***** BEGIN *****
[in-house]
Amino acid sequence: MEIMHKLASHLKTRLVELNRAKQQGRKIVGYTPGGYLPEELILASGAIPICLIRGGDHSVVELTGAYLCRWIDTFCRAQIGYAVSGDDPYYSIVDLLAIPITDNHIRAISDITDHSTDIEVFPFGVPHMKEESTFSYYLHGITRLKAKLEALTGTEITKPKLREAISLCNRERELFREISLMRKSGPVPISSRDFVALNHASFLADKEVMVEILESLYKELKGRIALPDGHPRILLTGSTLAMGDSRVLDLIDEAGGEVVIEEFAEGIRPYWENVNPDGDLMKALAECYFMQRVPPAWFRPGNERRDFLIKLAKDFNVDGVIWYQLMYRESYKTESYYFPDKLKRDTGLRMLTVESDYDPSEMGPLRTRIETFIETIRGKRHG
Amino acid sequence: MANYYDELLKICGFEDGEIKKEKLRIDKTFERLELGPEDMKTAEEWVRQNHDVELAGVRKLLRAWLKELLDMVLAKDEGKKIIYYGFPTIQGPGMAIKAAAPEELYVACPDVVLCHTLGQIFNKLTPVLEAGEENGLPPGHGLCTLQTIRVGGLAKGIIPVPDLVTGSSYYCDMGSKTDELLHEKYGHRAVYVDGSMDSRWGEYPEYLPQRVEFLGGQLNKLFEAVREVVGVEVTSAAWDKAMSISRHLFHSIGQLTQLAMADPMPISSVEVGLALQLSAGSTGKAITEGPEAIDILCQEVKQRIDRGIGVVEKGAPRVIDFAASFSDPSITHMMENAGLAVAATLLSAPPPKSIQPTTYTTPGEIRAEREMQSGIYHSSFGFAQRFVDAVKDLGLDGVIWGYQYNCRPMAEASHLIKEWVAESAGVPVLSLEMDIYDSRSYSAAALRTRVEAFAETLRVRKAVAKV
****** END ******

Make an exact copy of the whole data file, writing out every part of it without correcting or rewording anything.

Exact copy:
[in-house]
Amino acid sequence: MEIMHKLASHLKTRLVELNRAKQQGRKIVGYTPGGYLPEELILASGAIPICLIRGGDHSVVELTGAYLCRWIDTFCRAQIGYAVSGDDPYYSIVDLLAIPITDNHIRAISDITDHSTDIEVFPFGVPHMKEESTFSYYLHGITRLKAKLEALTGTEITKPKLREAISLCNRERELFREISLMRKSGPVPISSRDFVALNHASFLADKEVMVEILESLYKELKGRIALPDGHPRILLTGSTLAMGDSRVLDLIDEAGGEVVIEEFAEGIRPYWENVNPDGDLMKALAECYFMQRVPPAWFRPGNERRDFLIKLAKDFNVDGVIWYQLMYRESYKTESYYFPDKLKRDTGLRMLTVESDYDPSEMGPLRTRIETFIETIRGKRHG
Amino acid sequence: MANYYDELLKICGFEDGEIKKEKLRIDKTFERLELGPEDMKTAEEWVRQNHDVELAGVRKLLRAWLKELLDMVLAKDEGKKIIYYGFPTIQGPGMAIKAAAPEELYVACPDVVLCHTLGQIFNKLTPVLEAGEENGLPPGHGLCTLQTIRVGGLAKGIIPVPDLVTGSSYYCDMGSKTDELLHEKYGHRAVYVDGSMDSRWGEYPEYLPQRVEFLGGQLNKLFEAVREVVGVEVTSAAWDKAMSISRHLFHSIGQLTQLAMADPMPISSVEVGLALQLSAGSTGKAITEGPEAIDILCQEVKQRIDRGIGVVEKGAPRVIDFAASFSDPSITHMMENAGLAVAATLLSAPPPKSIQPTTYTTPGEIRAEREMQSGIYHSSFGFAQRFVDAVKDLGLDGVIWGYQYNCRPMAEASHLIKEWVAESAGVPVLSLEMDIYDSRSYSAAALRTRVEAFAETLRVRKAVAKV